Skip to main content

As the temporary pandemic restrictions start lifting in many areas of the country, it is clear that the world of work is nothing like what it was before. What we thought was the “new” normal has become the “now” normal, subject to repeated mutations and variations. As I reflect on numerous conversations with leaders in client organizations, the anticipated changes in the upcoming months as people return to their workplaces fall into three main areas.

People will return to work gradually

Not everyone is coming back to their workplaces right away, and when they do, it’s not all at the same time. Some employees, for a variety of reasons, are opting to work out of their homes for longer. And for the ones that are choosing to return, physical distancing is still necessary. So, leaders are planning for a fraction of employees (half or less) to come back to work at a single time. The idea is that by rotating weeks or specific days of the week, people will work at the office some of the time, and out of their homes for the balance. Several of my clients think that this will continue at least to the end of the year, and perhaps even longer.

There will be increased requests to work remotely

Historically, many managers, particularly those with traditional mindsets, have been resistant to their employees working remotely. The basis of their opposition includes arguments like employees will goof off, our customers won’t accept it and the technology doesn’t permit it, to name just a few. Yet, sixteen weeks of employees working from home has proven otherwise. It is possible to work remotely. We have the technology. Our customers have accepted it, although with some reluctance. And in many cases, employees have reported increased productivity. So, as we move forward, these same managers will now be hard-pressed to deny employees who wish to work from home, especially if it’s just one or two days a week.

Face-to-face protocols are forever changed

Not every organization has jobs that can function remotely. There are certain products or services that require people to “go to work”. You can’t fix a refrigerator from afar. If you work in a manufacturing or processing plant, you can’t “work at home”. The cashier at the grocery store can’t check you out remotely. In these industries, while obviously staff will not “work at home,” the protocols under which they work will alter significantly. We are seeing it already. Tradespeople are wearing masks and gloves, asking customers to declare their recent interactions and travel, and maintaining physical distance when in the vicinity of customers. Workers at plants are operating at further distances from each other, separated by Plexiglas. Retail stores are sanitizing counters and payment devices after each sale and, wherever possible, encouraging customers to use the self-checkout lanes. It is very likely that these new face-to-face procedures will last well into the foreseeable future.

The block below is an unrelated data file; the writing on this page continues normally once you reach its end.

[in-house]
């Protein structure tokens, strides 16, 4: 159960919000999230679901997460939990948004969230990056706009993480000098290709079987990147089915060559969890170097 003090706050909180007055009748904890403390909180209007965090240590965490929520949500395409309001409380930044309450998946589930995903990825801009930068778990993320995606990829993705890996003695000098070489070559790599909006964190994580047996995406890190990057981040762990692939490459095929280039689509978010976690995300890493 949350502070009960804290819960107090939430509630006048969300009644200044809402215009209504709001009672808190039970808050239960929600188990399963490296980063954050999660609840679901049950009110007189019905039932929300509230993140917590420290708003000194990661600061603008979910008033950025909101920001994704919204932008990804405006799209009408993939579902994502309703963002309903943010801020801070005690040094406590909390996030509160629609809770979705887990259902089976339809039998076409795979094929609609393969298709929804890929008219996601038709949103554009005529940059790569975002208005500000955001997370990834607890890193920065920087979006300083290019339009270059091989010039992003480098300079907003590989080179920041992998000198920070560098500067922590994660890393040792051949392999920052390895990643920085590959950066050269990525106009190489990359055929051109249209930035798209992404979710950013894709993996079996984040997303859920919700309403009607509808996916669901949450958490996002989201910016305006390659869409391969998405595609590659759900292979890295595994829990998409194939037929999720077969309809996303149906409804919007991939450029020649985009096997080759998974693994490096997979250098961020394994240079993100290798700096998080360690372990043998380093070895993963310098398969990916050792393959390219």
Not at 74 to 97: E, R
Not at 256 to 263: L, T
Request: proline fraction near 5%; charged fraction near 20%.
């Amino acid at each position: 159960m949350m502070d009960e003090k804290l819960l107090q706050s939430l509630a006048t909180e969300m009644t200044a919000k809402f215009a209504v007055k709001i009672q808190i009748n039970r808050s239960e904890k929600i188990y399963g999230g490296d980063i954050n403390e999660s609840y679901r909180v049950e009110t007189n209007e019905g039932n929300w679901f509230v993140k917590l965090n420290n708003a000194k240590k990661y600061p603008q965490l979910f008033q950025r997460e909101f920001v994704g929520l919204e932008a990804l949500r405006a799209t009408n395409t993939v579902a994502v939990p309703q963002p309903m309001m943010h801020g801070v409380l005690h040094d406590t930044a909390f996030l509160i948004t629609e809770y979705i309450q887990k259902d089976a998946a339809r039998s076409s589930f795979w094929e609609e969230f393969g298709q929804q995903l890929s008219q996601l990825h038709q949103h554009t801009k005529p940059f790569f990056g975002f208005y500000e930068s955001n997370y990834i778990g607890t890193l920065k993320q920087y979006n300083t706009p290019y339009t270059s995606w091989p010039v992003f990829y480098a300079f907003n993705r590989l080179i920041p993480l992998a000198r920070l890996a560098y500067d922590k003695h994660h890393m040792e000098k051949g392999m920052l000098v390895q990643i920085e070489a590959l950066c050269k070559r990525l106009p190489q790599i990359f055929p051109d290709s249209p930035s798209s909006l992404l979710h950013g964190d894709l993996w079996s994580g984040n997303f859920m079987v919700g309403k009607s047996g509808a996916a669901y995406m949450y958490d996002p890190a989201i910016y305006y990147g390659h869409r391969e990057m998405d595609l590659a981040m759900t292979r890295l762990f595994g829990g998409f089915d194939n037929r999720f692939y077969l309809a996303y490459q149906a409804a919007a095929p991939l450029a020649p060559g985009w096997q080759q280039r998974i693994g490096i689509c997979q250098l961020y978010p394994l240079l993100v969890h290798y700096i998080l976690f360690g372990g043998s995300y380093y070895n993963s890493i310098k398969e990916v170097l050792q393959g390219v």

Accentuate your interpersonal strengths

If the “now” normal is constantly changing, it’s imperative that you flex and adapt too. Whether it’s working with your staff, your supervisor, peers or clients, your continued success will stem from your ability to amplify your interpersonal skills.

  • Seek to understand further and deeper. Ask more questions and really listen to the answers. Be more open-minded about creative possibilities than you might have been in the past – even to allowing staff to work from home more often.
  • Be more patient. As pandemic restrictions lift, many employees are still dealing with a myriad of personal responsibilities. Wait-times on the telephone are longer, as are lineups at stores. Appointments – medical, trade or personal care – are harder to come by. So assume that everyone is trying their best, and respond with kindness.
  • Be more supportive. Show empathy to your co-workers. Look hard for ways to say yes rather than no to your staff. Be flexible in the application of rules and policies.
  • Acknowledge and thank more. Even if you already make it a point to do this, kick it up a notch – to your co-workers, your staff and your customers. Showing appreciation and gratitude never goes out of style, and it is needed more now than it ever was.

There is no doubt that exceptional interpersonal skills can set you apart in any working environment. But in the post-pandemic world of work, they’ve taken on a heightened importance.

Merge Gupta-Sunderji is a leadership speaker, consultant and the founder of leadership development consultancy Turning Managers Into Leaders.

Stay ahead in your career. We have a weekly Careers newsletter to give you guidance and tips on career management, leadership, business education and more. Sign up today.

The Globe’s Leadership Lab column is relaunching. If you have something to say about the world of work, we encourage you to apply.

Your Globe

Build your personal news feed

Follow topics related to this article:

Check Following for new articles

Interact with The Globe